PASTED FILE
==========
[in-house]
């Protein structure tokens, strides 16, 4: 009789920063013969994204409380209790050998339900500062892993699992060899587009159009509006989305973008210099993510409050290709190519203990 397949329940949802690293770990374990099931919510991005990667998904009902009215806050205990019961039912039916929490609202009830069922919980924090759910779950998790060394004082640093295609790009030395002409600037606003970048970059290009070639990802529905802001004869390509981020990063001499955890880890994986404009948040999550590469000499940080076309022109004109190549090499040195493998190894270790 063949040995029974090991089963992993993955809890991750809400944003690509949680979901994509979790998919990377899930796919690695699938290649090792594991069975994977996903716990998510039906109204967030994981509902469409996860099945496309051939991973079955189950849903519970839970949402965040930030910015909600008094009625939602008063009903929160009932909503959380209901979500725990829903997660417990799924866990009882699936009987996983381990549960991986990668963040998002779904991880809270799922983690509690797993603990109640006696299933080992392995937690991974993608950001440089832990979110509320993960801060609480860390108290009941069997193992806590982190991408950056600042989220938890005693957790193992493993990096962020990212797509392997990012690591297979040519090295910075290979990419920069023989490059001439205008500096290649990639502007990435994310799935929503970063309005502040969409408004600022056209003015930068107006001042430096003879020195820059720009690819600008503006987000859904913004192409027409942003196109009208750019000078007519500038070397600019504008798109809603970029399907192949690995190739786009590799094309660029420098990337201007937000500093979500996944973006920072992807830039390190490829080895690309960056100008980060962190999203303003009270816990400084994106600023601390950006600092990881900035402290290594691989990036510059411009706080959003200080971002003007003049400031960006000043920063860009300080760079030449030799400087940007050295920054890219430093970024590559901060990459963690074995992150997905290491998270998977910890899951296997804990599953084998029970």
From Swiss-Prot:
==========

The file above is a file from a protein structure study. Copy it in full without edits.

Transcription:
[in-house]
């Protein structure tokens, strides 16, 4: 009789920063013969994204409380209790050998339900500062892993699992060899587009159009509006989305973008210099993510409050290709190519203990 397949329940949802690293770990374990099931919510991005990667998904009902009215806050205990019961039912039916929490609202009830069922919980924090759910779950998790060394004082640093295609790009030395002409600037606003970048970059290009070639990802529905802001004869390509981020990063001499955890880890994986404009948040999550590469000499940080076309022109004109190549090499040195493998190894270790 063949040995029974090991089963992993993955809890991750809400944003690509949680979901994509979790998919990377899930796919690695699938290649090792594991069975994977996903716990998510039906109204967030994981509902469409996860099945496309051939991973079955189950849903519970839970949402965040930030910015909600008094009625939602008063009903929160009932909503959380209901979500725990829903997660417990799924866990009882699936009987996983381990549960991986990668963040998002779904991880809270799922983690509690797993603990109640006696299933080992392995937690991974993608950001440089832990979110509320993960801060609480860390108290009941069997193992806590982190991408950056600042989220938890005693957790193992493993990096962020990212797509392997990012690591297979040519090295910075290979990419920069023989490059001439205008500096290649990639502007990435994310799935929503970063309005502040969409408004600022056209003015930068107006001042430096003879020195820059720009690819600008503006987000859904913004192409027409942003196109009208750019000078007519500038070397600019504008798109809603970029399907192949690995190739786009590799094309660029420098990337201007937000500093979500996944973006920072992807830039390190490829080895690309960056100008980060962190999203303003009270816990400084994106600023601390950006600092990881900035402290290594691989990036510059411009706080959003200080971002003007003049400031960006000043920063860009300080760079030449030799400087940007050295920054890219430093970024590559901060990459963690074995992150997905290491998270998977910890899951296997804990599953084998029970």
From Swiss-Prot: